The language barrier was the most mentally challenging.  China have signs everywhere in big, bold, in-your-face characters.  Letters that I do not understand.  No one speaks or understand English (to be expected, I am in China after all).  And surprisingly, there weren’t a lot of foreigners.  Majority of travellers here are Chinese tourists traveling in big groups.  In some towns I have visited I could count the number of non-Chinese tourists I have encountered in one hand.

Bus station in Guilin

To be surrounded by meaningless letters and sounds is mentally taxing.  This was my feeling during my first days in China.  Now, 5 weeks later, I still don’t understand them.  Sure, I’ve picked up a few words (mostly numbers and common phrases) and I can make out a few letters.  But, I have been desensitised to the chaos.  I have come to expect the different sounds and the unfamiliar Chinese characters to be just there.  Just go with the flow.

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I met a guy from Spain who complained of the lack of english in food places so he’s been eating his meals in hotels.  Really? You’re in food heaven (in my opinion) and you’ve been eating boring western food in hotels?  Just go out in the street and point to some food that looks good.  You don’t need an english translation when you can see the food right in front of you.  (Well, I said it much nicer.)

The one time when I did enter a restaurant with english translations on the menu, I didn’t think the translation helped much… I can’t imagine “Pull out bad child” sounds appetizing or even informative to anyone.

My point is, don’t let the language barrier or fear of the unfamiliar isolate you.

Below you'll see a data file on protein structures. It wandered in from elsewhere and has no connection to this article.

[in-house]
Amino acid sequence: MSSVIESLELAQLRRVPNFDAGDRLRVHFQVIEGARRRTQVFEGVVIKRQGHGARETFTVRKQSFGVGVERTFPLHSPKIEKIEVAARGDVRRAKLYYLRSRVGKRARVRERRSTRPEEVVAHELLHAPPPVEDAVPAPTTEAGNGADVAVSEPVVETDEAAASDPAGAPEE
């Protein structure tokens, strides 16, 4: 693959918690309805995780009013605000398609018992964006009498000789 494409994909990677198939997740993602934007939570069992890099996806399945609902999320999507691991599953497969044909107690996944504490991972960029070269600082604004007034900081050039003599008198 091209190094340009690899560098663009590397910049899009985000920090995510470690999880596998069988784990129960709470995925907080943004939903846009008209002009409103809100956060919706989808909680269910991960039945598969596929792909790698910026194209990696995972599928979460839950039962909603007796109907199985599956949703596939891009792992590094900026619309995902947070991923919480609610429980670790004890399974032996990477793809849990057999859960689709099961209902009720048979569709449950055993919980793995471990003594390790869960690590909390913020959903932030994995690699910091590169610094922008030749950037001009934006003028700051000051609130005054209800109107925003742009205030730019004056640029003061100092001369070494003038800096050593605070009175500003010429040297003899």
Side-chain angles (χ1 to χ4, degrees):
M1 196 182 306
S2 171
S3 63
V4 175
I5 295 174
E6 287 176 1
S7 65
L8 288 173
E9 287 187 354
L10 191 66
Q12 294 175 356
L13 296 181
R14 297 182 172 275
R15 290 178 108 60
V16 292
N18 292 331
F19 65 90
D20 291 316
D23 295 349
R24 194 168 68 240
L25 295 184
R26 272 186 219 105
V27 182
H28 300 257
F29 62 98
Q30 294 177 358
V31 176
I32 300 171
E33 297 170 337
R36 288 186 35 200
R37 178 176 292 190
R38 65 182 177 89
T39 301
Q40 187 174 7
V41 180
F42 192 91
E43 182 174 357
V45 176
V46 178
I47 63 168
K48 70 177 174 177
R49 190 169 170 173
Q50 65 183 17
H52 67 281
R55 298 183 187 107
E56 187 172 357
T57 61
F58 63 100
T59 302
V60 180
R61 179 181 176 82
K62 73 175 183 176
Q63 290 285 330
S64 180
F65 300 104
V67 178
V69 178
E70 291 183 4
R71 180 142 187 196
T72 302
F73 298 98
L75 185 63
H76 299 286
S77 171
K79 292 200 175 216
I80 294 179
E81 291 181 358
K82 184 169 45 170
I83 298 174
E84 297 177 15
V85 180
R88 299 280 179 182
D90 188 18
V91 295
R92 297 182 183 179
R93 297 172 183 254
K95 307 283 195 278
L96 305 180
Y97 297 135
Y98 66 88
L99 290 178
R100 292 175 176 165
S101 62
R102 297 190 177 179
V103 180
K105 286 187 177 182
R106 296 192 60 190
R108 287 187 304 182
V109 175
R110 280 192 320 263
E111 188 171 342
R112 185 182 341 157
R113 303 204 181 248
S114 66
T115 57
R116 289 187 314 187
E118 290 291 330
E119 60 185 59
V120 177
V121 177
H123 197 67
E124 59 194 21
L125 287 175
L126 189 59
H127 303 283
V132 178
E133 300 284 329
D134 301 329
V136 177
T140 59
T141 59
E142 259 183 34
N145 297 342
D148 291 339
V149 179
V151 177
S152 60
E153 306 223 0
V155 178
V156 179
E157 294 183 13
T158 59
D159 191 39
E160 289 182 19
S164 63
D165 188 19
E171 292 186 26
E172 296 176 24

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I would say that my most important possession right now is my smartphone.  Take everything else from me just leave me my phone (and maybe my passport because it would be a hassle to get a replacement.)  I use it on wifi to look things up, figure out logistics, and take pictures of the Chinese names of the places I need to go to.  

I have added a few apps that I rely on heavily: Microsoft Translate, Maps.me, and WeChat.

Here in China, everyone and their grandmother is on WeChat.  I eventually had to get this to keep in touch with people I have met along the way.  And one cool thing about WeChat is that it is linked to their bank account and they use it to pay for everything by scanning a QR code.  It’s sorta like Paypal, or Apple Pay, only everyone and their grandmother uses it.  No one forks out cash around here, they just whip out their phone.  They use it to pay for food, a haircut, grocery, renting bikes… Even a street vendor selling 5-cent popsicles in a small ice box uses a QR code.  It’s brilliant! We need to have this in the U.S.

Restaurant menu with QR codes for WeChat Pay
Bikes are “rented” by scanning the QR code – this will unlock the bike for your use. Scan the code again when you are done to “end” your rent and to lock the bike. These bikes can be picked up and left off just about everywhere.

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Of course, the best parts of these past few weeks were the bits and pieces in between.  The moments that I cannot capture in photographs, the people that I have met in my journey, and those who have shared my journey. 

Damn, I really like this country.

Spiderman likes China too.

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One Reply to “Beijing Revisited and Other Thoughts”

  1. I used to have chinese colleagues at work and they always appeared to be yelling at each other when talk to each other or when on the phone. glad I did not see them spit.

    Like